This can be seen often where the person caring for the children retains all the sale proceeds from the family home to enable them to re-home without a mortgage, the other party does not give up any of their pension.
The other party, without the children, typically remains working and can still secure a mortgage, so both parties can be housed.
However, if the accumulated pension assets are significant, then the valuation of them needs to be more detailed and accurate.
It appears from the review of these that people and lawyers are reluctant to look at PSOs and instead try to use Offset instead, largely because they felt that the PSO valuation was too difficult and that negligence suits against lawyers were more likely….
Now the working group, while advocating that specialist advice was necessary, could not agree on who they felt was the right “expert” to engage in this matter.
Personally, I don’t think that an accountant can add any value, nor do I think that a general IFA has the requisite skill or experience to be of much help.
There are a few IFAs that specialise in pensions and divorce and they will have gained their skill by experience but there is no qualification or accreditation that can give you peace of mind to know that your adviser is any good at this, certainly a divorce lawyer may not even be suitable for this as they are not versed or experienced in pensions and most likely never in DB pensions.
So what is the answer for this touchy subject?
There isn’t one and this fact grates with me a little but what I will say is that if you have clients that are going through divorce and the subject of pensions is raised, my advice is to ask as many questions as you can.
Don’t just take what a pension statement says as gospel, question it. If your client is seeking a PSO or an Offset, then make sure what they are being offered really can be said to be “equivalent”, if there is a DB scheme and the CE value for your client comes back, look at what it could provide through an annuity (this is what you should be doing) and if it can’t provide equivalent benefits ,go back and question the value…..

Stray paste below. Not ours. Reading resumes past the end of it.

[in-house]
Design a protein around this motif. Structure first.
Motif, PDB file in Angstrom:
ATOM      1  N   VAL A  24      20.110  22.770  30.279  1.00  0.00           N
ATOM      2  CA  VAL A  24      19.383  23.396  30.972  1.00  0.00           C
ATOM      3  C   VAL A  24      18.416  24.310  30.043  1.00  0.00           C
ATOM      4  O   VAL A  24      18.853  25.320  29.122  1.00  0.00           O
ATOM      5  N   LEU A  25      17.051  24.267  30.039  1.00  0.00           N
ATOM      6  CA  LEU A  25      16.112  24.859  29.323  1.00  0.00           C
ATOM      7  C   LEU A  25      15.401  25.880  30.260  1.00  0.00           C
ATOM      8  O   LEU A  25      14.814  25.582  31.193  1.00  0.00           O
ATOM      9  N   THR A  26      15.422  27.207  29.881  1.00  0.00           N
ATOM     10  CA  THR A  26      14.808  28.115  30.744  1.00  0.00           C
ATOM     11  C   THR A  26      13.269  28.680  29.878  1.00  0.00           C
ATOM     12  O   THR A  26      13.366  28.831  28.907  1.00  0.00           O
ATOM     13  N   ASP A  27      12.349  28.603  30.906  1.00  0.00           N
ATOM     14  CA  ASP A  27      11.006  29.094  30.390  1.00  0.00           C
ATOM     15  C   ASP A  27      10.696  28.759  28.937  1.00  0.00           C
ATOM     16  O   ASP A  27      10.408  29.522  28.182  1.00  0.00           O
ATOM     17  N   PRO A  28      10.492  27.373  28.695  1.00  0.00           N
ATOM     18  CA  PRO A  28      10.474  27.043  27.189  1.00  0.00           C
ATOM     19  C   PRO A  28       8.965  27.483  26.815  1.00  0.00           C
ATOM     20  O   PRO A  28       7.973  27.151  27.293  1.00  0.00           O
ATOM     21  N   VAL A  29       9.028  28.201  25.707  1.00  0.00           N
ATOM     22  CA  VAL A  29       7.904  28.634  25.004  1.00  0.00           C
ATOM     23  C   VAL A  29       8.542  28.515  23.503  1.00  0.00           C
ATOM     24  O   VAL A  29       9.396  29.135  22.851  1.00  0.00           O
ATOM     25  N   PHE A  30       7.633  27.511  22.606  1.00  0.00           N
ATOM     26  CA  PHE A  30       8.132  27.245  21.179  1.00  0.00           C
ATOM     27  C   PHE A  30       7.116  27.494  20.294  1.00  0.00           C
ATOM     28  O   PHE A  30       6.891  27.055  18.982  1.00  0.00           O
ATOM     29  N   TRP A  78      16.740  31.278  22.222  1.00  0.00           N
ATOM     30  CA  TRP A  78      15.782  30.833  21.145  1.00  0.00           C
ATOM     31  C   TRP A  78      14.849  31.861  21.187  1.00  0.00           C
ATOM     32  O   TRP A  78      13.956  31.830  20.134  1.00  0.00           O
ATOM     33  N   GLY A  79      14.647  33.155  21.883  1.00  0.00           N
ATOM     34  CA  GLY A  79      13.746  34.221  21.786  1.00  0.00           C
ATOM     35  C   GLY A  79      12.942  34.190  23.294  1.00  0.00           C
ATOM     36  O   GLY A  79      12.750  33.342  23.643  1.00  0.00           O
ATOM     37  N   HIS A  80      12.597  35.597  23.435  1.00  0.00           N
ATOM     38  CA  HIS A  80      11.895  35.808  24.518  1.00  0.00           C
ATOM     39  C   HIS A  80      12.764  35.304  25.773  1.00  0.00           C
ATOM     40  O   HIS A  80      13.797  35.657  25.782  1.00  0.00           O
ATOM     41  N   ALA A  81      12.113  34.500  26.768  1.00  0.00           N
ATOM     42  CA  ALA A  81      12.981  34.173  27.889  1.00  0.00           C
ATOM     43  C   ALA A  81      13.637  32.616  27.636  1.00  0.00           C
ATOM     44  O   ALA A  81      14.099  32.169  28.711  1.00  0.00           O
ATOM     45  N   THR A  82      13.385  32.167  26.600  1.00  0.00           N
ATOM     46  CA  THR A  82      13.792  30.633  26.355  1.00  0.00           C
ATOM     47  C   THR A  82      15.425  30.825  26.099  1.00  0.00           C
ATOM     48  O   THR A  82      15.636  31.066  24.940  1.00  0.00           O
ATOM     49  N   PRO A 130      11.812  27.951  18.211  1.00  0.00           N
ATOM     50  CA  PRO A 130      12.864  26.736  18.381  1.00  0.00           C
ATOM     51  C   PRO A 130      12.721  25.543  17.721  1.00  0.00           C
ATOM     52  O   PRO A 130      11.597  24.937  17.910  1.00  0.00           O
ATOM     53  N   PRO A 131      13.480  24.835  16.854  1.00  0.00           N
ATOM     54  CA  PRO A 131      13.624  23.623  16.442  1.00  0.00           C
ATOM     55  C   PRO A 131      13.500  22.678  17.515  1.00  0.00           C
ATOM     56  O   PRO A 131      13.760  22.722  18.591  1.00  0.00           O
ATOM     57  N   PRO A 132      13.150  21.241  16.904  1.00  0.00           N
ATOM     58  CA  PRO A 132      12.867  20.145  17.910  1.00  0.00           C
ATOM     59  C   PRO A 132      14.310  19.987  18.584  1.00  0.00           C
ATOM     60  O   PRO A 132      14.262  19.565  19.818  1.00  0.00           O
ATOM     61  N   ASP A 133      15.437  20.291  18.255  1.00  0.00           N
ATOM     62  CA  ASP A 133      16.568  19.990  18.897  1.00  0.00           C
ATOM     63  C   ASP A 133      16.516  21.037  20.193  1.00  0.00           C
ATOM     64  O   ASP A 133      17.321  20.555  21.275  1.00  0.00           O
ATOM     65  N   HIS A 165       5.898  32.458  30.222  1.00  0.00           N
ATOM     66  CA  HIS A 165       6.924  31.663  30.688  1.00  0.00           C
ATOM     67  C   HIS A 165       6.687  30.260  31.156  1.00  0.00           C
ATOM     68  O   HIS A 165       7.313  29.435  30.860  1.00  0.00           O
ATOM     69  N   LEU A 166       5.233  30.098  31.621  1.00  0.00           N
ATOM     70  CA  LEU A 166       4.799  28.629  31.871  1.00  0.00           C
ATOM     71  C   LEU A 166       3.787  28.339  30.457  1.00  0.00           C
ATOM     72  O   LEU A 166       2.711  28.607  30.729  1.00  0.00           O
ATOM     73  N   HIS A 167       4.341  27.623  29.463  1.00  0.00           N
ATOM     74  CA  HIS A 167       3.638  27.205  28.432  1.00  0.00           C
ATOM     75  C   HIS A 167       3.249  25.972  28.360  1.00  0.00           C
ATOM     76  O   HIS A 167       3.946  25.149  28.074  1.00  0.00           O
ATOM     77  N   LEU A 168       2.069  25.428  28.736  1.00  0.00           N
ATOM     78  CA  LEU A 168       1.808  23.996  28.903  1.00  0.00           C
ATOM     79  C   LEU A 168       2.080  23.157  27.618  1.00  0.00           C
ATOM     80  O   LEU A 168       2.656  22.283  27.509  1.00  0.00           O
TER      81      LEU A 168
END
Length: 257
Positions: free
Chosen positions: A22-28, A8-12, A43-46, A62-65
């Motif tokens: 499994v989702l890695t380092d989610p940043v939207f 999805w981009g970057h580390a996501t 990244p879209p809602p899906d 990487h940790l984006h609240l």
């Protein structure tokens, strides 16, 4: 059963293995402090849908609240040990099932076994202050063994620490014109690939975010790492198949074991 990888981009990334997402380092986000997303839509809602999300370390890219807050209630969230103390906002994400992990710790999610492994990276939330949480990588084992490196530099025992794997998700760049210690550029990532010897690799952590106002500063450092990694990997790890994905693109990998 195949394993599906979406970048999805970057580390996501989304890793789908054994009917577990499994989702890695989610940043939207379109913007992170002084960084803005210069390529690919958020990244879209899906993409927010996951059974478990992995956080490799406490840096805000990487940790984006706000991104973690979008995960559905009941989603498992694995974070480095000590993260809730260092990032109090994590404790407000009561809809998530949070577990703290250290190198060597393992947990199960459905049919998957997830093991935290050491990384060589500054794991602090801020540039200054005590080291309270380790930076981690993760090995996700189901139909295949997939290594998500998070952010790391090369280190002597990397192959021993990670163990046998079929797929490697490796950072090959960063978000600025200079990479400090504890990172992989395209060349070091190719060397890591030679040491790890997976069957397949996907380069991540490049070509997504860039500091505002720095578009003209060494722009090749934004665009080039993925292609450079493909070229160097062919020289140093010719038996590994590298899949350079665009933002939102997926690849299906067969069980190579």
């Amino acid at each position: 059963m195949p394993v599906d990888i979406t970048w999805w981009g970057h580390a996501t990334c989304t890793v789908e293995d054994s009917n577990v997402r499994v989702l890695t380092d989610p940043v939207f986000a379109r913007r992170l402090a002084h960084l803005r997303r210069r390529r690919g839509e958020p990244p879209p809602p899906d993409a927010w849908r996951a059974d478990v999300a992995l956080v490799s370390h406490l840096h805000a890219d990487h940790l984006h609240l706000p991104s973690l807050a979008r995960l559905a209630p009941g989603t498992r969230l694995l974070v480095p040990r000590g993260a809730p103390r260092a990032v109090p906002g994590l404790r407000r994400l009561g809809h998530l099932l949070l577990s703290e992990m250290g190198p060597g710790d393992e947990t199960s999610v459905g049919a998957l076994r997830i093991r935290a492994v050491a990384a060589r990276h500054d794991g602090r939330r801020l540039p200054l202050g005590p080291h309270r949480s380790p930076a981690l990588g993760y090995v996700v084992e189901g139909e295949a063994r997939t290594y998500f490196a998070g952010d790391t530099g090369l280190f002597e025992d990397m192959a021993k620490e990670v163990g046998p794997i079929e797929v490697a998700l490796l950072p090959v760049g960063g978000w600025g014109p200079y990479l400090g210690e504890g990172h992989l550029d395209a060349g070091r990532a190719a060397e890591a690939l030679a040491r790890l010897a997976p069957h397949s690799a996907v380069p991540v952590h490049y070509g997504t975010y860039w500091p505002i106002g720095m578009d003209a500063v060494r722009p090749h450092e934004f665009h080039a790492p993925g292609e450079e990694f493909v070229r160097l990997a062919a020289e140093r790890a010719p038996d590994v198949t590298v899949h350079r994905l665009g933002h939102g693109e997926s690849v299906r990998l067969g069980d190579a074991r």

If what the idea of the PSO is, is to give a fair sum to the other party for the purposes of providing equivalent benefits, then make sure that the sum can do it, I think you’ll find in many cases that it is inadequate for what it is claimed to be able to do…..that is where you as an adviser can add real value.
Divorces can be messy and ugly and arguments over money only serve to add to an already unpleasant situation (to say the least) so if your client is being asked to agree a Pension Sharing Order, it is in your interest to make sure that they are receiving a fair value, that is what it comes down to, fairness.
You can give your client the peace of mind that what they are being offered really is a genuine and fair sum and don't forget, with a PSO they have to take a transfer into a new plan, they cannot remain in the existing scheme, plus in some cases the fee for your advice can be met as part of a settlement (as they have no choice but to take a transfer) so giving your client 100% invested!
So my advice to you is that a PSO does not have to be frightening for either you or your client, it is a normal pension switch and is a necessary part of financial and pension planning when a couple splits.